The “New Springtime” for the Church Is a Long Ways Off

January 2004

There’s a new book, only 113 pages, which concisely tells the story of the calamitous decline of the Catholic Church in America since the end of the Second Vatican Council in 1965. It is Index of Leading Catholic Indicators: The Church Since Vatican II, by Kenneth C. Jones, a Catholic attorney and father of seven children. The statistics in the book are all from the public record, most from numerous editions of The Official Catholic Directory. Until this time, it seems that no one has bothered to pull all the stats together into a coherent whole. It’s amazing that this blockbuster of a book was published by an unknown (to us) publisher: Oriens Publishing (11939 Manchester Rd., #217, St. Louis MO 63131; email: maxvinan@aol.com).

The book is full of stats and charts, and they are definitely user-friendly. Still, the author’s Introduction provides the highlights:

- “Priests. After skyrocketing… to 58,000 in 1965, the number of priests in the United States dropped to 45,000 in 2002. By 2020, there will be about 31,000 priests — and only 15,000 will be under the age of 70.”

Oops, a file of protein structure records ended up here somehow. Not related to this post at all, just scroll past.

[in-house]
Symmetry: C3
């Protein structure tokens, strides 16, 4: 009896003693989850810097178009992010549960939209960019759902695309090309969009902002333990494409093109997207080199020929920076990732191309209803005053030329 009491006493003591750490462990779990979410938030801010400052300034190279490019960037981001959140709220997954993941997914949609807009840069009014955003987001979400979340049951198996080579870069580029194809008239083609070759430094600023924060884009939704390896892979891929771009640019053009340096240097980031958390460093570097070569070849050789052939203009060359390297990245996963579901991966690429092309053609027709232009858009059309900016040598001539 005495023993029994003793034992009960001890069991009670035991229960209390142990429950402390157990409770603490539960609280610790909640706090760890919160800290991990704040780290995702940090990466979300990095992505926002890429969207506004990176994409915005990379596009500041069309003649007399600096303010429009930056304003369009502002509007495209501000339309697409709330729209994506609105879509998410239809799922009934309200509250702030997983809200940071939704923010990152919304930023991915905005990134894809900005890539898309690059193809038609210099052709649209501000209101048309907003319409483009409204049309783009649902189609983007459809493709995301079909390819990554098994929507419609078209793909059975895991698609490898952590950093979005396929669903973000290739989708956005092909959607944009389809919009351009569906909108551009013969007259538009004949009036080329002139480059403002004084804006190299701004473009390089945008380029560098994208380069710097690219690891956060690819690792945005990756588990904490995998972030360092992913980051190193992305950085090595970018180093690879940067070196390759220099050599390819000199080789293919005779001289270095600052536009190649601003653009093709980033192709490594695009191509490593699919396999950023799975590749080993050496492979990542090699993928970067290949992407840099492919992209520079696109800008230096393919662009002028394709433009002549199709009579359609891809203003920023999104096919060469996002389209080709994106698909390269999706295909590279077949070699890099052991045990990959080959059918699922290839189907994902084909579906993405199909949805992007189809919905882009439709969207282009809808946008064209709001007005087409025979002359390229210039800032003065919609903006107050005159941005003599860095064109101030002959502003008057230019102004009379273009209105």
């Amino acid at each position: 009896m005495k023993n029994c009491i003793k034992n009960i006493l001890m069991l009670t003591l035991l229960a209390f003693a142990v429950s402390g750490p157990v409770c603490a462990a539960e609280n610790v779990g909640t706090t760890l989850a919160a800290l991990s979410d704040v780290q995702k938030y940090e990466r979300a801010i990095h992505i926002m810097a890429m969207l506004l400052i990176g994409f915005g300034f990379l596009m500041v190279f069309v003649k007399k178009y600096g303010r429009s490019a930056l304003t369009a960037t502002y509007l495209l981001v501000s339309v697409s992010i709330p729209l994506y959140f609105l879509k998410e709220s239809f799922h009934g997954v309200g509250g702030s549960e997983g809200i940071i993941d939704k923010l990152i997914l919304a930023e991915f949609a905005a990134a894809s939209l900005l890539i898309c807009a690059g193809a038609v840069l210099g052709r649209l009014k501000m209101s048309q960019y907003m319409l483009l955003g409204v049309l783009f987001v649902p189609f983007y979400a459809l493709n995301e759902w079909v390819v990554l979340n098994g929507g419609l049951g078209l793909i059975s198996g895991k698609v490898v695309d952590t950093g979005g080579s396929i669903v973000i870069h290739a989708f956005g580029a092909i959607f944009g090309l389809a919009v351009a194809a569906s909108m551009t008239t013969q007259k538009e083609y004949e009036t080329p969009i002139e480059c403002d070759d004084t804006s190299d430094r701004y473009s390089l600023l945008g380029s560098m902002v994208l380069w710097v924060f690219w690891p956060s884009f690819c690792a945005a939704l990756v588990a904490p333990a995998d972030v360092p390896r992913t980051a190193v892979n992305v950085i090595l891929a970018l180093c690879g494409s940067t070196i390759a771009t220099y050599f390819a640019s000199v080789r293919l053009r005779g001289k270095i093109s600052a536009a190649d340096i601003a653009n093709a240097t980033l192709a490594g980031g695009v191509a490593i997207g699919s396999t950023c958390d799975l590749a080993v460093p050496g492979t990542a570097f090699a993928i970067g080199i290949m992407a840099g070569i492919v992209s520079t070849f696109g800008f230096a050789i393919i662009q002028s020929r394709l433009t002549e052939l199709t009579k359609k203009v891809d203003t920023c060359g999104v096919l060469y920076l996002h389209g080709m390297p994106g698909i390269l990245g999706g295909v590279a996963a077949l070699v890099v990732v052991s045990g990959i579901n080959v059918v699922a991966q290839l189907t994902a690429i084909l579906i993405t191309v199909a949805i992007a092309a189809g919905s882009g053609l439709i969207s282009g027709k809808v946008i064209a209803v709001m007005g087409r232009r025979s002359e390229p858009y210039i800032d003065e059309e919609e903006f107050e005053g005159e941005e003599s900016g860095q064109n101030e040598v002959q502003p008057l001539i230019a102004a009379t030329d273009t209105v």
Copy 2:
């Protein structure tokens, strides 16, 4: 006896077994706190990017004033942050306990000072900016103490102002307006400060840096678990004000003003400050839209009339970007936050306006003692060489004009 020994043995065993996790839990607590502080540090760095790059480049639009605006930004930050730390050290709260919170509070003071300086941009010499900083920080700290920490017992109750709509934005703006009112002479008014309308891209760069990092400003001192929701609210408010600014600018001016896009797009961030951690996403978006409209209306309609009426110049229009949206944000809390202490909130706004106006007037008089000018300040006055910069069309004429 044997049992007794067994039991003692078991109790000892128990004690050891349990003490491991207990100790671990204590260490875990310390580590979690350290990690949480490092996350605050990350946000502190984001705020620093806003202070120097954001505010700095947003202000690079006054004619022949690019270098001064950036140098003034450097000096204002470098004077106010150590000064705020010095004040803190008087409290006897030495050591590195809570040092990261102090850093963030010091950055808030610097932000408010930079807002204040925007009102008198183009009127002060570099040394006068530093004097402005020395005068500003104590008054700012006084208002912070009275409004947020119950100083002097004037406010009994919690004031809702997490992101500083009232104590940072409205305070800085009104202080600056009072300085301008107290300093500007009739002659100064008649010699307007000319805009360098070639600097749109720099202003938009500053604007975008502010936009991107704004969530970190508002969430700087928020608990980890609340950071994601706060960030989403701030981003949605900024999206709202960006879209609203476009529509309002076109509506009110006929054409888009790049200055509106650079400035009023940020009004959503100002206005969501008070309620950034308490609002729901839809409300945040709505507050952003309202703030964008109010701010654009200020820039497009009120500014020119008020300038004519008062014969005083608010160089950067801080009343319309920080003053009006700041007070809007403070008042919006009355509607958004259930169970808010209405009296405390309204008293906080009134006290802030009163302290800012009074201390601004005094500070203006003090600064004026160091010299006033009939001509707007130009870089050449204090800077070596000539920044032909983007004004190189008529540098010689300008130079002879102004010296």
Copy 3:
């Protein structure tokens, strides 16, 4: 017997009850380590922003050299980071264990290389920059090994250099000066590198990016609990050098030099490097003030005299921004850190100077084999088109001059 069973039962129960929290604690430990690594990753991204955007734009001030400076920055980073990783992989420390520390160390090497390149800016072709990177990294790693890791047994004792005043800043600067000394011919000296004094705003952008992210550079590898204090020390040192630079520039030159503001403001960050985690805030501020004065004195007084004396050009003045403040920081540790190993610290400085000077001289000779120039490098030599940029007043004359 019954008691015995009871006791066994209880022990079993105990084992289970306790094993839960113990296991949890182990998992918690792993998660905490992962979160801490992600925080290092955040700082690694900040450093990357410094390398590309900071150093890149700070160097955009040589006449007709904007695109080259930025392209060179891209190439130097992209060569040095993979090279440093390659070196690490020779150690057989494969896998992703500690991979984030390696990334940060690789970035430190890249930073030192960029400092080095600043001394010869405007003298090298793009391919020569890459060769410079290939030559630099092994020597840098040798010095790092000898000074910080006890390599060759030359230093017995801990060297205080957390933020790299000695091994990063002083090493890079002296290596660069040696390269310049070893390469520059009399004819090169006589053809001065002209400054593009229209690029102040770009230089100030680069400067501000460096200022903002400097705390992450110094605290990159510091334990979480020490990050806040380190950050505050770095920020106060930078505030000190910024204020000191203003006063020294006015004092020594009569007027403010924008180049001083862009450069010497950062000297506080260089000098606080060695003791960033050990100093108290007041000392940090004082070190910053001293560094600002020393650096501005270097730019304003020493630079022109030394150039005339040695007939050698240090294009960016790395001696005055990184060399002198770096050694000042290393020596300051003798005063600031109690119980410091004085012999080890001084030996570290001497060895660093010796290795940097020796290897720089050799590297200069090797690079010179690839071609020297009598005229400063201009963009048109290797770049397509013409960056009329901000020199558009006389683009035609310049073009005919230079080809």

- “Ordinations. In 1965 there were 1,575 ordinations to the priesthood, in 2002 there were 450, a decline of 350 percent.”

- “Priestless parishes. About 1 percent of parishes, 549, were without a resident priest in 1965. In 2002 there were 2,928 priestless parishes, about 15 percent of U.S. parishes. By 2020, a quarter of all parishes, 4,656, will have no priest.”

- “Seminarians. Between 1965 and 2002, the number of seminarians dropped from 49,000 to 4,700 — a 90 percent decrease…. There were 596 seminaries in 1965, and only 200 in 2002.”


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New Oxford Notes: January 2004

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